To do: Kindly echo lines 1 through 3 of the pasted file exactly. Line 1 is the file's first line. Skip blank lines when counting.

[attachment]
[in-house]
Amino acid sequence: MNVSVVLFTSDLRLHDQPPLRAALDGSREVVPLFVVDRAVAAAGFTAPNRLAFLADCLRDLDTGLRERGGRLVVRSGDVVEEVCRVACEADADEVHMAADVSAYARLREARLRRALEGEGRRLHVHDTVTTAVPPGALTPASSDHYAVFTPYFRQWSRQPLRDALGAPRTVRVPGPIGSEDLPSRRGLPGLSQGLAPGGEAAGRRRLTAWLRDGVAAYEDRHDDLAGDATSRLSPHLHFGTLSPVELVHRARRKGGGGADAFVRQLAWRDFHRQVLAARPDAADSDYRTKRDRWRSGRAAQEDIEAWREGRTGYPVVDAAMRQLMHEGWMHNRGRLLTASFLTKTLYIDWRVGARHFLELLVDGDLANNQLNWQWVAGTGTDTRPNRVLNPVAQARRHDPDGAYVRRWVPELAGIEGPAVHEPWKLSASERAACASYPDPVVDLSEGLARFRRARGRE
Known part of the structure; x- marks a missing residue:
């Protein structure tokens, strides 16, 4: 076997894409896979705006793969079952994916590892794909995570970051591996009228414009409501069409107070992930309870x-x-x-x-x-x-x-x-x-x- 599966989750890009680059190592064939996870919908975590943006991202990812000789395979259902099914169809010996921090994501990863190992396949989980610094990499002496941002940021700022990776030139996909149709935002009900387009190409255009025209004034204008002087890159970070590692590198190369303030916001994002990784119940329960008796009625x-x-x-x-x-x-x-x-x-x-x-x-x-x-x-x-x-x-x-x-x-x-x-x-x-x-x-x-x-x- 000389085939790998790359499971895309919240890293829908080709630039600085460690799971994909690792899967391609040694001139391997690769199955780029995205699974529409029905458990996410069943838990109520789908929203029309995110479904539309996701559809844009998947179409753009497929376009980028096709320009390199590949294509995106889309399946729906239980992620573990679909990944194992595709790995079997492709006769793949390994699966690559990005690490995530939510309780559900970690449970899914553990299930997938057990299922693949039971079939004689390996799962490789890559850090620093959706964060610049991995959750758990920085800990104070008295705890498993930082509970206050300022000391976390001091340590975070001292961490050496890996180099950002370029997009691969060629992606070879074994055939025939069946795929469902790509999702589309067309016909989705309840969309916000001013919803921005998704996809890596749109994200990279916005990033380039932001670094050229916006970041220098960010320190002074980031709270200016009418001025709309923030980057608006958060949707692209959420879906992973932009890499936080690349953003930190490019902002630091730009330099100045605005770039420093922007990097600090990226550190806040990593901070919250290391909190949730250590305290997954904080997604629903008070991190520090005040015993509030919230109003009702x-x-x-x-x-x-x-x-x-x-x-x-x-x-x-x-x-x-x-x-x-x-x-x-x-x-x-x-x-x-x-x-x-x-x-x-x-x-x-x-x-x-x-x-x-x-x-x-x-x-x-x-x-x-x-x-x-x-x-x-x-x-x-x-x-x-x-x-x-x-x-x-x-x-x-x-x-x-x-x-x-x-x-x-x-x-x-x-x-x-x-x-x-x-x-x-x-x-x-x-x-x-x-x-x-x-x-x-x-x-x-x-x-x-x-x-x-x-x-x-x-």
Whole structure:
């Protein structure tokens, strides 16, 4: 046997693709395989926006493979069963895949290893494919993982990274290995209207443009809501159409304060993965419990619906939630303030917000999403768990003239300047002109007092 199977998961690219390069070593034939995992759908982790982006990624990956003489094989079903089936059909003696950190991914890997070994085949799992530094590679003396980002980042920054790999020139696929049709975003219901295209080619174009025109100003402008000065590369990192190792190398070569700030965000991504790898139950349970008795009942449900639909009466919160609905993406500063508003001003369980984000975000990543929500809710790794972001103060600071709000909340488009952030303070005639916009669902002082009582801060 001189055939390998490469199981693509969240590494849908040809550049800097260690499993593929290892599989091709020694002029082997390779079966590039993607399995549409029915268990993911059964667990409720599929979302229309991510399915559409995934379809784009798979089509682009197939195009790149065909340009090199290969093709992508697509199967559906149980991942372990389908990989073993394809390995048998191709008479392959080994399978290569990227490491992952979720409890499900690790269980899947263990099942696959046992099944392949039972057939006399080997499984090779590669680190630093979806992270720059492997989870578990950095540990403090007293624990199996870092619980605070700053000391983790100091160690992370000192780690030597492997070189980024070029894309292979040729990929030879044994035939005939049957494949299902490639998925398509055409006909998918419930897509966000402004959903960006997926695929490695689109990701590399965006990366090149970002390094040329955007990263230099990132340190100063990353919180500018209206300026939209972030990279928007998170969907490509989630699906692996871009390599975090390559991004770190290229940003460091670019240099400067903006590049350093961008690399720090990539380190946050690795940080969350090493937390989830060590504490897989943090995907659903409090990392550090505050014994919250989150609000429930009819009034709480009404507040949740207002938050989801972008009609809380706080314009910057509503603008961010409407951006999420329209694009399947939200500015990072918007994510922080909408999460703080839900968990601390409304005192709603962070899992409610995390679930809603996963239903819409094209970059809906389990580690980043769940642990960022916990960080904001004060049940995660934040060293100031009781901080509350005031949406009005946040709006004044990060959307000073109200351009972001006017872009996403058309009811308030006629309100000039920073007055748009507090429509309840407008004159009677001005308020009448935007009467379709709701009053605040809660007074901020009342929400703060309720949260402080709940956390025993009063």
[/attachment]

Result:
[in-house]
Amino acid sequence: MNVSVVLFTSDLRLHDQPPLRAALDGSREVVPLFVVDRAVAAAGFTAPNRLAFLADCLRDLDTGLRERGGRLVVRSGDVVEEVCRVACEADADEVHMAADVSAYARLREARLRRALEGEGRRLHVHDTVTTAVPPGALTPASSDHYAVFTPYFRQWSRQPLRDALGAPRTVRVPGPIGSEDLPSRRGLPGLSQGLAPGGEAAGRRRLTAWLRDGVAAYEDRHDDLAGDATSRLSPHLHFGTLSPVELVHRARRKGGGGADAFVRQLAWRDFHRQVLAARPDAADSDYRTKRDRWRSGRAAQEDIEAWREGRTGYPVVDAAMRQLMHEGWMHNRGRLLTASFLTKTLYIDWRVGARHFLELLVDGDLANNQLNWQWVAGTGTDTRPNRVLNPVAQARRHDPDGAYVRRWVPELAGIEGPAVHEPWKLSASERAACASYPDPVVDLSEGLARFRRARGRE
Known part of the structure; x- marks a missing residue: